The use of testosterone supplementation in postmenopausal women remains a confusing, sometimes controversial subject. In this article we will outline research that suggest benefits women may see while under testosterone supplementation.
Testosterone is an essential hormone for women. Why is it ignored?
A recent study in the prestigious medical journal The lancet. Diabetes & endocrinology (1) noted that: “Testosterone is an essential hormone for women. Despite the crucial role of testosterone and the high circulating concentrations of this hormone relative to estradiol in women, studies of its action and the effects of testosterone deficiency and replacement in women are scarce.”
That study was in 2015, a shift in the medical community in exploring testosterone supplementation for women seems to be occurring as judged by this May 2020 study in the journal Current Opinion in Urology.(2)
“The past decade has produced a significant number of studies on female sexual dysfunction with a greater understanding of hypoactive sexual desire disorder / female sexual interest/arousal disorder (FSIAD) and treatments in women. The recently published meta-analysis on the safety and efficacy of testosterone for women and the Global Consensus Position Statement on the Use of Testosterone Therapy for Women in 2019 have been pivotal at clarifying safety, efficacy, and guidelines for testosterone therapy. There is a clear need for more research and long-term safety data on the effects of testosterone therapy on cardiovascular health, breast health, cognitive function, and the musculoskeletal system in women with the ultimate goal of an FDA-approved testosterone product for women. Until then, off-label or compounded testosterone therapy will likely remain a popular and prescribed option.”
The medical climate is changing, but testosterone for women is still on the “cusp,” of undersatnding.
The primary indication for the prescription of testosterone for women is loss of sexual desire
While testosterone supplementation in women can provide cardiovascular health, breast health, cognitive function, and the musculoskeletal system in women as noted in the study above. The primary indication for the prescription of testosterone for women is loss of sexual desire, which, of course, causes affected women substantial concern. This was reported in In a February 2020 study from Norwegian obstetricians and gynecologists.(3)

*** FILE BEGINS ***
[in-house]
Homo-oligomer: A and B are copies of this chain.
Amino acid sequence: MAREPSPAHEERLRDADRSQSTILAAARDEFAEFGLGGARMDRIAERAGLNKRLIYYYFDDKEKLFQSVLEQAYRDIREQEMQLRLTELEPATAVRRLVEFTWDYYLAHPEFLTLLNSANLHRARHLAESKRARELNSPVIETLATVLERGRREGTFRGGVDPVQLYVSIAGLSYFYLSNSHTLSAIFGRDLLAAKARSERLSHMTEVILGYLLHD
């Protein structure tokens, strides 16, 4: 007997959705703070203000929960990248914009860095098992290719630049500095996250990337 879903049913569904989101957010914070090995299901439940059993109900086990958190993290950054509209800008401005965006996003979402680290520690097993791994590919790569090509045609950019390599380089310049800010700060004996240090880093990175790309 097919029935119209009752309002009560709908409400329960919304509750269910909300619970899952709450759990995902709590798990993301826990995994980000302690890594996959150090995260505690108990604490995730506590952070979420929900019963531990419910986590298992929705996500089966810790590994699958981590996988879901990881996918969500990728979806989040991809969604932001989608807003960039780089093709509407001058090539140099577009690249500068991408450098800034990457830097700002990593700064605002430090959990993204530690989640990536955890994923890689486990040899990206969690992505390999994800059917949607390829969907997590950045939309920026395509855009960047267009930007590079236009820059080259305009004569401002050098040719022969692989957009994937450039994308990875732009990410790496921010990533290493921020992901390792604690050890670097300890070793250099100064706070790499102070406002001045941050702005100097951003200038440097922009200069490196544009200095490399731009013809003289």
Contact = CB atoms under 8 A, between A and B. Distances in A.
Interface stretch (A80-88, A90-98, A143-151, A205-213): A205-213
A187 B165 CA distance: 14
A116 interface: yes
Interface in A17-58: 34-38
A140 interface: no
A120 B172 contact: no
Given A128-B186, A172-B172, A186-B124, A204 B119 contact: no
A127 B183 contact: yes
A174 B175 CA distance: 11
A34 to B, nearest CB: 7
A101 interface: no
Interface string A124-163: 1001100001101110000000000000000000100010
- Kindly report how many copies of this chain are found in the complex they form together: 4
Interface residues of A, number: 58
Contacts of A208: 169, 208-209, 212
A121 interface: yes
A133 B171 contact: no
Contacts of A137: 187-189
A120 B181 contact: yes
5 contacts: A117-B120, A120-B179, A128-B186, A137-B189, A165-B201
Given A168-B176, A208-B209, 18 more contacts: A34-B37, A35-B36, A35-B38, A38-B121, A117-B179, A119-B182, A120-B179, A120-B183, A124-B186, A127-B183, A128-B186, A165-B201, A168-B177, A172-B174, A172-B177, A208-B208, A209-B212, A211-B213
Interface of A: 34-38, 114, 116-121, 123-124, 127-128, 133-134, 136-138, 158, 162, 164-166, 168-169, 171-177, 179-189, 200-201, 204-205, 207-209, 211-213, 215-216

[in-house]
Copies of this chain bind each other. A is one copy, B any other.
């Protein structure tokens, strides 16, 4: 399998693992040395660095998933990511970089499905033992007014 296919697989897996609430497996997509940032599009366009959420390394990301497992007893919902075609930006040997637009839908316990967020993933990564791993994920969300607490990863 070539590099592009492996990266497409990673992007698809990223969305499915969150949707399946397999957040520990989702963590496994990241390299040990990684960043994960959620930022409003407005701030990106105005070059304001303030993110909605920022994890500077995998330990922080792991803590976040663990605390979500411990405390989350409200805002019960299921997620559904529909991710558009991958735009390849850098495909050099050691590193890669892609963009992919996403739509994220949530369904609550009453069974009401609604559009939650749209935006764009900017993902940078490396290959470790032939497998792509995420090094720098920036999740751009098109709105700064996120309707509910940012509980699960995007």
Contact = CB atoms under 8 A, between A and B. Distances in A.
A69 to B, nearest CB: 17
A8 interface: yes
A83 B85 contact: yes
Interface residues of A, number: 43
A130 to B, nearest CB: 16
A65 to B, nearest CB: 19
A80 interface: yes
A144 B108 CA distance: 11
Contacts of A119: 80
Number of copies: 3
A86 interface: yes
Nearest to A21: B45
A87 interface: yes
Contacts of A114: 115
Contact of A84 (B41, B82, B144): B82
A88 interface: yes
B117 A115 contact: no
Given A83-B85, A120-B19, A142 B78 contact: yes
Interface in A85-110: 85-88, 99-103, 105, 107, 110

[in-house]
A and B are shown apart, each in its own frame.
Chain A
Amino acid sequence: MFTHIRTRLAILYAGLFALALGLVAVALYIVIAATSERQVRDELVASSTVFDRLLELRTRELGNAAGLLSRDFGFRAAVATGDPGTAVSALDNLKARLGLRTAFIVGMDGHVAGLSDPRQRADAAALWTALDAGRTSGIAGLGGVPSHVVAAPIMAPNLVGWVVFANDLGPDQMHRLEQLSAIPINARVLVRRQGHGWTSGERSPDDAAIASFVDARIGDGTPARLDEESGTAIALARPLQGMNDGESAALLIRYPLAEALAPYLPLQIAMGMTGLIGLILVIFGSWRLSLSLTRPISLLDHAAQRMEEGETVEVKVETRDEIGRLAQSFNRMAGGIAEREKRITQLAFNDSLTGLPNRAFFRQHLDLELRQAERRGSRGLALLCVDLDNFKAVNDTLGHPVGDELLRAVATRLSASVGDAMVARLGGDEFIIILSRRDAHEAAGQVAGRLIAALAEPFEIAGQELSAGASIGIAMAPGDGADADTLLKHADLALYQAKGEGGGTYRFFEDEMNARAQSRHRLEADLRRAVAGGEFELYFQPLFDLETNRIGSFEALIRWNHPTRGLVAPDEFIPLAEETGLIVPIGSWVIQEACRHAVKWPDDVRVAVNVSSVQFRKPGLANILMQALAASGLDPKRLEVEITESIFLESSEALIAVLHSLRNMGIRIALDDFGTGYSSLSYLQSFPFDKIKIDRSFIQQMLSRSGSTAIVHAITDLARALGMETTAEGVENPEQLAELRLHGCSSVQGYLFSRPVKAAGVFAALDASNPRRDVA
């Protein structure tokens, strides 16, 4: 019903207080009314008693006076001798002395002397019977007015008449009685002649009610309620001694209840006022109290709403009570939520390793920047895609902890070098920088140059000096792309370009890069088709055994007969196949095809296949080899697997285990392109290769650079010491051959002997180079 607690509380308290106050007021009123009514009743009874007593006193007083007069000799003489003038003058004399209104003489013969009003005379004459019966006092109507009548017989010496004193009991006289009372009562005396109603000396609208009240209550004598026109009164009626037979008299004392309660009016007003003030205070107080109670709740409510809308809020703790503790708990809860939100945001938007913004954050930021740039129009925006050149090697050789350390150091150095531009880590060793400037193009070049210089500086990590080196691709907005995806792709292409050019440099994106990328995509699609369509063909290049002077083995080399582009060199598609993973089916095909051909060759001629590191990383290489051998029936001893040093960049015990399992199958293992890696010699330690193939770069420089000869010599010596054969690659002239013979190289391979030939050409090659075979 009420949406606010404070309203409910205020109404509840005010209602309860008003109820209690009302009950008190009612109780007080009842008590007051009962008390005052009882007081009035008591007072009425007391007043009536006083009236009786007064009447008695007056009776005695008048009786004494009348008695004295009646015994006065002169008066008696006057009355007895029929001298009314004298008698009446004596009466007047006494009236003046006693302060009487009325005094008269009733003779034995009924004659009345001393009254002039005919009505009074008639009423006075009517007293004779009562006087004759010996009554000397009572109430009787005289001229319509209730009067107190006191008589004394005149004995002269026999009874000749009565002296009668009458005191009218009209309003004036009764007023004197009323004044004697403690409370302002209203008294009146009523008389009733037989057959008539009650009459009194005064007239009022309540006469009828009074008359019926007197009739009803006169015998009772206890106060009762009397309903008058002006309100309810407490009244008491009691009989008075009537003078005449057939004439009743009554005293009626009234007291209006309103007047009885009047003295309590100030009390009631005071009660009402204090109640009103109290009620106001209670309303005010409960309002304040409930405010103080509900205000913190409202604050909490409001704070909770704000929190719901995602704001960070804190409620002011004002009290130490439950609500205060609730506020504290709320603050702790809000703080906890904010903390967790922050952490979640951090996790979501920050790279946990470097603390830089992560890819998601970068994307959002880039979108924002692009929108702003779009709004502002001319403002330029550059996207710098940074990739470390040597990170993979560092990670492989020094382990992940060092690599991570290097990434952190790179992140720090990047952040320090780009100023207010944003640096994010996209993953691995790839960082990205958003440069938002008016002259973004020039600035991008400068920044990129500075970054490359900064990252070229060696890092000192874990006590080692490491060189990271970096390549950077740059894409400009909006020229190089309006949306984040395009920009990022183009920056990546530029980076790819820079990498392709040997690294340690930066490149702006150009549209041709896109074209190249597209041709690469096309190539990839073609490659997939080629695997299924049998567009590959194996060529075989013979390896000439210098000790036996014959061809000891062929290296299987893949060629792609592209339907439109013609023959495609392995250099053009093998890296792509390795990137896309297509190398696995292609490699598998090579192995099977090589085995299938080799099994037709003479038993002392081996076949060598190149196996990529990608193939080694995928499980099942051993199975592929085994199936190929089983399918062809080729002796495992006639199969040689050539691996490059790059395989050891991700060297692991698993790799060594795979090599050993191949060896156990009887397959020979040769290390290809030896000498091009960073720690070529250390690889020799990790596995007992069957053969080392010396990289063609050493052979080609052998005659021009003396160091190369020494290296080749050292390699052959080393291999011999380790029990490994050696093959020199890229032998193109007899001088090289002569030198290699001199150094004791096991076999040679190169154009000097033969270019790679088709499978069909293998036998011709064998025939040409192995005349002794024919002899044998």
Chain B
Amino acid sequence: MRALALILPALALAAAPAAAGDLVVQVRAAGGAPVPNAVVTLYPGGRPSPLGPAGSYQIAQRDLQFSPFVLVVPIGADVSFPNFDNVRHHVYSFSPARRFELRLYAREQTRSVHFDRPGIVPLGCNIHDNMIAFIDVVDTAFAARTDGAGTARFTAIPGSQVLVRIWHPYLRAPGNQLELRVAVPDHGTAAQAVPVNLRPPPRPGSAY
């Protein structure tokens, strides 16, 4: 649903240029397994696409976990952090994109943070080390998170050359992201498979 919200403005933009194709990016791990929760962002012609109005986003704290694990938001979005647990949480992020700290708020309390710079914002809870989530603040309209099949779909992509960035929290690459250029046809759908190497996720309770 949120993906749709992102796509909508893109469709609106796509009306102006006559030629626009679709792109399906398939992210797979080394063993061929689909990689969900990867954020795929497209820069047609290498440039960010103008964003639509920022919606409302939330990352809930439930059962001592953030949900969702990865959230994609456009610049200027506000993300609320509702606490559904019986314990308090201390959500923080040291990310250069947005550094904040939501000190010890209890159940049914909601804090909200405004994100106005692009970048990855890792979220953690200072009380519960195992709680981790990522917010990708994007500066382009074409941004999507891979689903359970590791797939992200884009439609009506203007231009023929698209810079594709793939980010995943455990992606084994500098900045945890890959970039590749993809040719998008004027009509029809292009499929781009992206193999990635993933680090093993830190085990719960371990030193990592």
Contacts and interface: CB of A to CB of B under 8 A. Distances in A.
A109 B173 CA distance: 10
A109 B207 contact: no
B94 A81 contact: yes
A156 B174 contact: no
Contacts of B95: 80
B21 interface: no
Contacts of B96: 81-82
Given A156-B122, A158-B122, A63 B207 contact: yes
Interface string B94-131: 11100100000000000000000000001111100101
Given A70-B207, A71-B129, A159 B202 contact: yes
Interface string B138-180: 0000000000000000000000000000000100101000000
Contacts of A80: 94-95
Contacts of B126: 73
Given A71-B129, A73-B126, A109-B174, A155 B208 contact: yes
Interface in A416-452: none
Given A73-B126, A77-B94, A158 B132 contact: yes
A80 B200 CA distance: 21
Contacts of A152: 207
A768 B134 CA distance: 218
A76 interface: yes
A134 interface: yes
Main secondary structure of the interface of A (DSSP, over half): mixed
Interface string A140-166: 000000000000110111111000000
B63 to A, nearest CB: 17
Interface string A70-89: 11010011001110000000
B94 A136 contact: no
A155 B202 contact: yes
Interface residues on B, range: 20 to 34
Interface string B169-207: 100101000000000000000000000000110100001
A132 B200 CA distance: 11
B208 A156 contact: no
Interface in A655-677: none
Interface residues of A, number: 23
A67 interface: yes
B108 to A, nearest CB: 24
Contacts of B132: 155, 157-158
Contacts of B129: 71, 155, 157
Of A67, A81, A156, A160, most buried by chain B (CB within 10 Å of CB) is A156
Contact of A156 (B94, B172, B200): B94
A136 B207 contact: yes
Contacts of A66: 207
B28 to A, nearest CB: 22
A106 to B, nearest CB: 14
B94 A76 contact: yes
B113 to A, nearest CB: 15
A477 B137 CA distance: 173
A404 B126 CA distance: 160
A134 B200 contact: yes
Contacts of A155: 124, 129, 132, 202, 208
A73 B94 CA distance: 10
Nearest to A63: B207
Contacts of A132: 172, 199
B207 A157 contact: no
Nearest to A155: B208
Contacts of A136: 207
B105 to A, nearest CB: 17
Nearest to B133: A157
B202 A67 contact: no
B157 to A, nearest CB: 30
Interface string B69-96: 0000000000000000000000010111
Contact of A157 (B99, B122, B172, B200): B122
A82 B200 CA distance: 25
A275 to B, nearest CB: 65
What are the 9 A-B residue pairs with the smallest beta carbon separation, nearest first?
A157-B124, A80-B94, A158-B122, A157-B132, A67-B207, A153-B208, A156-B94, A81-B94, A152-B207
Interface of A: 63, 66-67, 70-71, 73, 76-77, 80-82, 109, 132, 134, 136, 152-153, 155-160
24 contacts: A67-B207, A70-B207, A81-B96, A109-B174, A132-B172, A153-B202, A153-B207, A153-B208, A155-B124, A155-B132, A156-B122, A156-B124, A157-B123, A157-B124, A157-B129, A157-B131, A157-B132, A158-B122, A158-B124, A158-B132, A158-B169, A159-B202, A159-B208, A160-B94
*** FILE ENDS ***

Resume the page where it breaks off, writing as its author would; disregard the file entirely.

“About 40% of postmenopausal women have decreased sexual desire, causing distress. Estrogen therapy attenuates vaginal complaints but has no effect on sexual desire. Although sexual function has been linked to testosterone, there is no clear relation between sexual desire and circulating levels of testosterone. Nevertheless, treatment with transdermal (patch) testosterone improved sexual function in several randomized controlled trials. Women with hypoactive sexual desire disorder who were treated with testosterone reported more satisfying sexual episodes and sexual desire compared with the placebo group. Adverse effects were mild.”
This is certainly not a new idea. Exploring sexual dysfunction after Hysterectomy and oophorectomy and the seemingly less than hoped for results of synthetic estrogen therapy was discussed in a 2000 paper.(4)
“Although they were receiving standard estrogen-replacement therapy, the base-line sexual function of the women was markedly impaired in comparison with that of normal women of similar age . . . In women who have undergone oophorectomy and hysterectomy, transdermal testosterone improves sexual function and psychological well-being.”
In recent study, in the medical journal Menopause, (5) researchers noted:
Hysterectomy and oophorectomy (the removal of ovaries) are performed to treat various diseases in women, including cancer. These procedures are accompanied not only by a decline in estrogen but also testosterone levels in the blood. Many women who have undergone surgical removal of their uterus and/or ovaries can develop symptoms of sexual dysfunction, fatigue, low mood and decreased muscle mass.